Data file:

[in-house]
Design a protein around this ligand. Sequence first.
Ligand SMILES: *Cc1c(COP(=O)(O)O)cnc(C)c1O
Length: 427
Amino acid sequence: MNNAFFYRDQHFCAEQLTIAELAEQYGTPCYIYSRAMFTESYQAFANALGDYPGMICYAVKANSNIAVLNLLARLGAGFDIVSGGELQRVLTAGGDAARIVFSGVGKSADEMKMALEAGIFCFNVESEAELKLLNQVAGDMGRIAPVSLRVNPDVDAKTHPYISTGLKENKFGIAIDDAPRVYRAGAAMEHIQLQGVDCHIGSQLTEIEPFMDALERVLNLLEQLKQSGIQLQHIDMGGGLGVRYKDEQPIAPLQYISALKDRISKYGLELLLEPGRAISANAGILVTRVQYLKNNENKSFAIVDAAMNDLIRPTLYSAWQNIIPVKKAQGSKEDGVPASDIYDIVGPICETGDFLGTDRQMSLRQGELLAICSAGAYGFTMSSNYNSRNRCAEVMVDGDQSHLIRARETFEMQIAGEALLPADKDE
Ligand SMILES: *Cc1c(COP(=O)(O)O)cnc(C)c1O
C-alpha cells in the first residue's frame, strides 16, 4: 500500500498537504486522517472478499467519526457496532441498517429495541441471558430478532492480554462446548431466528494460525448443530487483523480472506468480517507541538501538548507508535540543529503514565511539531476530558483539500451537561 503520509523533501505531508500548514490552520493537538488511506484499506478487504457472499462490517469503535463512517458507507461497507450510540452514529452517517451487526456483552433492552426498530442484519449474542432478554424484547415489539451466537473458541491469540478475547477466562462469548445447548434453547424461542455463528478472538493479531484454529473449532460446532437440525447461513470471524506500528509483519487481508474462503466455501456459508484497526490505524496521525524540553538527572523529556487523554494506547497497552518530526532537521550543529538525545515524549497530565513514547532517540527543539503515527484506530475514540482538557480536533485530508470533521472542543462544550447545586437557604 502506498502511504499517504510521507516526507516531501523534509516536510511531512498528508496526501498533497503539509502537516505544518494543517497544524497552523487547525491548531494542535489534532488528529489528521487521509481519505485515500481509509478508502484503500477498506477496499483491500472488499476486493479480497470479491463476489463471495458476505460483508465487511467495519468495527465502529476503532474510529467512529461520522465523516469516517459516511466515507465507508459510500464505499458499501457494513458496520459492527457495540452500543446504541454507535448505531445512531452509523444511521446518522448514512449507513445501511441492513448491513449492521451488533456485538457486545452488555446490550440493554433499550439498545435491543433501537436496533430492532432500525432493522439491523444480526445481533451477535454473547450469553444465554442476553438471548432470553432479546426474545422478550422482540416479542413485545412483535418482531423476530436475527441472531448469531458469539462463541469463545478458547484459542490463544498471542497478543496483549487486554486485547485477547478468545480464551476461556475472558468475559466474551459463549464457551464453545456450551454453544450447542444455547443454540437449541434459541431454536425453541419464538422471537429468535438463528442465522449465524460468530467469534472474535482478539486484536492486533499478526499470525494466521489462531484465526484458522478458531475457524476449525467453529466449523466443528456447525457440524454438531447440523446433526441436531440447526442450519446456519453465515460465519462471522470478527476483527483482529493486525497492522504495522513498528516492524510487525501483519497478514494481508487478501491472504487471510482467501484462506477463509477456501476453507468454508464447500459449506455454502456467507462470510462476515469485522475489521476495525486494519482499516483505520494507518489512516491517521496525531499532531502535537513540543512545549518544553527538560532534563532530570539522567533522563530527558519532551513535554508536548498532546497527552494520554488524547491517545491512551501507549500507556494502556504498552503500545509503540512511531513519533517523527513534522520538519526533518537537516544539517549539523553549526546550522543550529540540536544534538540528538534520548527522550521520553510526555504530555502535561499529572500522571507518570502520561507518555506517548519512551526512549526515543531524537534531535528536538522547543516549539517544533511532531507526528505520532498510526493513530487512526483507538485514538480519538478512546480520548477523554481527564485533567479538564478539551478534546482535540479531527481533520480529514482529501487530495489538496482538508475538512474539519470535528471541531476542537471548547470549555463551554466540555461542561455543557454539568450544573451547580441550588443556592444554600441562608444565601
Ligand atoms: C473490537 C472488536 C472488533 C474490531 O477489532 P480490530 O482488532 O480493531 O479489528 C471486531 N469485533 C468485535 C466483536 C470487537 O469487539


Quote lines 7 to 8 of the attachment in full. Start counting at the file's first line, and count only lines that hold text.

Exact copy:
C-alpha cells in the first residue's frame, strides 16, 4: 500500500498537504486522517472478499467519526457496532441498517429495541441471558430478532492480554462446548431466528494460525448443530487483523480472506468480517507541538501538548507508535540543529503514565511539531476530558483539500451537561 503520509523533501505531508500548514490552520493537538488511506484499506478487504457472499462490517469503535463512517458507507461497507450510540452514529452517517451487526456483552433492552426498530442484519449474542432478554424484547415489539451466537473458541491469540478475547477466562462469548445447548434453547424461542455463528478472538493479531484454529473449532460446532437440525447461513470471524506500528509483519487481508474462503466455501456459508484497526490505524496521525524540553538527572523529556487523554494506547497497552518530526532537521550543529538525545515524549497530565513514547532517540527543539503515527484506530475514540482538557480536533485530508470533521472542543462544550447545586437557604 502506498502511504499517504510521507516526507516531501523534509516536510511531512498528508496526501498533497503539509502537516505544518494543517497544524497552523487547525491548531494542535489534532488528529489528521487521509481519505485515500481509509478508502484503500477498506477496499483491500472488499476486493479480497470479491463476489463471495458476505460483508465487511467495519468495527465502529476503532474510529467512529461520522465523516469516517459516511466515507465507508459510500464505499458499501457494513458496520459492527457495540452500543446504541454507535448505531445512531452509523444511521446518522448514512449507513445501511441492513448491513449492521451488533456485538457486545452488555446490550440493554433499550439498545435491543433501537436496533430492532432500525432493522439491523444480526445481533451477535454473547450469553444465554442476553438471548432470553432479546426474545422478550422482540416479542413485545412483535418482531423476530436475527441472531448469531458469539462463541469463545478458547484459542490463544498471542497478543496483549487486554486485547485477547478468545480464551476461556475472558468475559466474551459463549464457551464453545456450551454453544450447542444455547443454540437449541434459541431454536425453541419464538422471537429468535438463528442465522449465524460468530467469534472474535482478539486484536492486533499478526499470525494466521489462531484465526484458522478458531475457524476449525467453529466449523466443528456447525457440524454438531447440523446433526441436531440447526442450519446456519453465515460465519462471522470478527476483527483482529493486525497492522504495522513498528516492524510487525501483519497478514494481508487478501491472504487471510482467501484462506477463509477456501476453507468454508464447500459449506455454502456467507462470510462476515469485522475489521476495525486494519482499516483505520494507518489512516491517521496525531499532531502535537513540543512545549518544553527538560532534563532530570539522567533522563530527558519532551513535554508536548498532546497527552494520554488524547491517545491512551501507549500507556494502556504498552503500545509503540512511531513519533517523527513534522520538519526533518537537516544539517549539523553549526546550522543550529540540536544534538540528538534520548527522550521520553510526555504530555502535561499529572500522571507518570502520561507518555506517548519512551526512549526515543531524537534531535528536538522547543516549539517544533511532531507526528505520532498510526493513530487512526483507538485514538480519538478512546480520548477523554481527564485533567479538564478539551478534546482535540479531527481533520480529514482529501487530495489538496482538508475538512474539519470535528471541531476542537471548547470549555463551554466540555461542561455543557454539568450544573451547580441550588443556592444554600441562608444565601
Ligand atoms: C473490537 C472488536 C472488533 C474490531 O477489532 P480490530 O482488532 O480493531 O479489528 C471486531 N469485533 C468485535 C466483536 C470487537 O469487539